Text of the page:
Having staff/independent contractors around the world is one of the biggest perks. People work for me 24/7, thanks to the time difference. It’s a great feeling to wake up in the morning and discover one of my projects was completed by others while I slept. With this kind of support, you get to meet professionals from around the world and learn more about their culture and lifestyles. You don’t have to worry about in-house staffing and all the costs that entail. By hiring remotely, you tap into the world market of talent that suits your budget and your needs.

5. You gain culture.

Although I consider myself culturally savvy because I live in a multi-cultural city, traveling expands my knowledge and perspective about people and traditions around the world. This brings me to my next point.

6. You become more relatable.

The more people you know from diverse backgrounds, the broader you grow your understanding and ability to relate to others. Those kinds of people skills will help you thrive in your business.

7. You develop friendships around the world.

There’s something special about having these relationships with people from around the globe. Social media makes it easy to stay in touch and sustain those relationships. When you embark on a traveling adventure and meet friends who are happy to see you, and you feel safe and at home wherever you are. These friendships help build an incredibly diverse global network.

8. You become more adaptable.

When you travel, you quickly realize not all countries have the luxury of strong Wi-Fi signals. Simple things like toilet paper can be difficult or even impossible to find. Traveling widely equips you to adapt to every situation. It makes you humble and grateful for all the privileges you are accustomed to at home. And of course, upon returning home, you appreciate all the little things you once took for granted, and you don’t fret over the small stuff.

9. You become more productive.

Working from home saves you a lot of time by avoiding the daily commute. When you’re working out of the country, you’ll instinctively manage your time to avoid wasting it on anything other than work and play and enjoying your surroundings.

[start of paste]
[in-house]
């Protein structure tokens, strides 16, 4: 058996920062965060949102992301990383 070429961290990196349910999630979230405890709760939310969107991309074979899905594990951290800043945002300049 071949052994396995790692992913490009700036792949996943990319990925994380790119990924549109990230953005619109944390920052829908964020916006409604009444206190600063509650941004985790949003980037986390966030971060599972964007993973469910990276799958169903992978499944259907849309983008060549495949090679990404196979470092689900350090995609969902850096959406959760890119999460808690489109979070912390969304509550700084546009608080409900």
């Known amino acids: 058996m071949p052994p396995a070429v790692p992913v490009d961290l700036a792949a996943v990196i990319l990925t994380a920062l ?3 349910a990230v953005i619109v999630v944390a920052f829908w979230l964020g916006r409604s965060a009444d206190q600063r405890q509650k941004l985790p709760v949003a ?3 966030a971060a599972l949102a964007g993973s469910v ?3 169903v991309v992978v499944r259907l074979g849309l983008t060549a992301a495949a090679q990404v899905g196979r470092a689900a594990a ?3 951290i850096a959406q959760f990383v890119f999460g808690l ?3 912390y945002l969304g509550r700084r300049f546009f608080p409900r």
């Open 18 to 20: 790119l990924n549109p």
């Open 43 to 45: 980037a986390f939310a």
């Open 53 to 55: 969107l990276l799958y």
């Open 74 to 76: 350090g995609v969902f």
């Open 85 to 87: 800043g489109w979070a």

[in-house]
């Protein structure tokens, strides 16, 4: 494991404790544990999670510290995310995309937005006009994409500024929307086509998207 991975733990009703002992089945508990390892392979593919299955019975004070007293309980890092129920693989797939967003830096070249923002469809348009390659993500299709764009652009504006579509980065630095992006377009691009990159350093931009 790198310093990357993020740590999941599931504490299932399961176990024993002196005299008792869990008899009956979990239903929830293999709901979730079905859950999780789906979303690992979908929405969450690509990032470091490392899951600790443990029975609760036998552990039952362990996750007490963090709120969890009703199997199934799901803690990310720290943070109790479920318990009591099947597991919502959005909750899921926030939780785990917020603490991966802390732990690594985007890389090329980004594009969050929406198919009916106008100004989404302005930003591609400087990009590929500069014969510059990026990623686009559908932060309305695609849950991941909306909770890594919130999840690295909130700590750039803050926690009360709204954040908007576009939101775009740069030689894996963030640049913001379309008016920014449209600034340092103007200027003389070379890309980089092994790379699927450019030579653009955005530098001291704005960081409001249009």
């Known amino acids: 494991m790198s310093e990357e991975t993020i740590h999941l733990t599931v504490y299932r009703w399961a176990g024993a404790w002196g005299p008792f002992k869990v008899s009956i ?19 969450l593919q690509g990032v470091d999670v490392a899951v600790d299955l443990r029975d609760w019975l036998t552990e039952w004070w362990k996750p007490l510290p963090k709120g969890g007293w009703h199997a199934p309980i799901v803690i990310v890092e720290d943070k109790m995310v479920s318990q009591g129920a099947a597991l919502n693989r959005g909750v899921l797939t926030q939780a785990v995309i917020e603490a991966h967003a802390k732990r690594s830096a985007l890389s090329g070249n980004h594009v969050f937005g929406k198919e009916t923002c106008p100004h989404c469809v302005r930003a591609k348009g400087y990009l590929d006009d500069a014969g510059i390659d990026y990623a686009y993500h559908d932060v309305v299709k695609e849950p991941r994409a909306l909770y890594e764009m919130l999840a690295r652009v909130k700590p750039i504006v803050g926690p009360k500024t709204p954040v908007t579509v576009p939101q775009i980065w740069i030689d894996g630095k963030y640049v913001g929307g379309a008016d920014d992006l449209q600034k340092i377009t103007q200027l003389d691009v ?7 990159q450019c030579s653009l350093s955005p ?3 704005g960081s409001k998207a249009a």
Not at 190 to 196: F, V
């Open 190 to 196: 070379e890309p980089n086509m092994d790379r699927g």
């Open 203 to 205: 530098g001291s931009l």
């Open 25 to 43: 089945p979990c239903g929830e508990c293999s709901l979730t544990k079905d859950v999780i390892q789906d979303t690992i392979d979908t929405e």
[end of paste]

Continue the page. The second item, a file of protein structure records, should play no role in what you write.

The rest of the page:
10. You become more creative.

As your travel expands to new areas, new people, and new experiences, so does your mind. You become abundantly creative, and you more naturally engage with out-of-the-box thinking.

11. You can choose to be a freelancer or an entrepreneur.

Feel like being independent but only work for yourself without having to deal with all the extras of an entrepreneur? Or would you rather build a business? The choice is yours. It’s that simple.

12. You have a purpose-driven career.

All I’ve mentioned until now are self-indulgent perks. But those perks help create a happy, fulfilled person who can offer more to the world and impact others deeply. Their cup is overflowing with gratitude, and that inspires purpose. I purposely left this point for last because you need to be well in order to be great.

Whether you decide to become a digital nomad or work from home it’s a lifestyle that is not for everyone, nor is creating and planning retreats, but if what you read excites you, then you should get curious and make the decision to switch. You won’t regret it.

Do you want to travel, inspire, and profit while creating retreats?

Let me help you acquire the right tools through a series of courses and a certification program I developed to help you create transformational retreats for fun and profit. Reach out if you have any questions or want to find out if you qualify to build your retreats.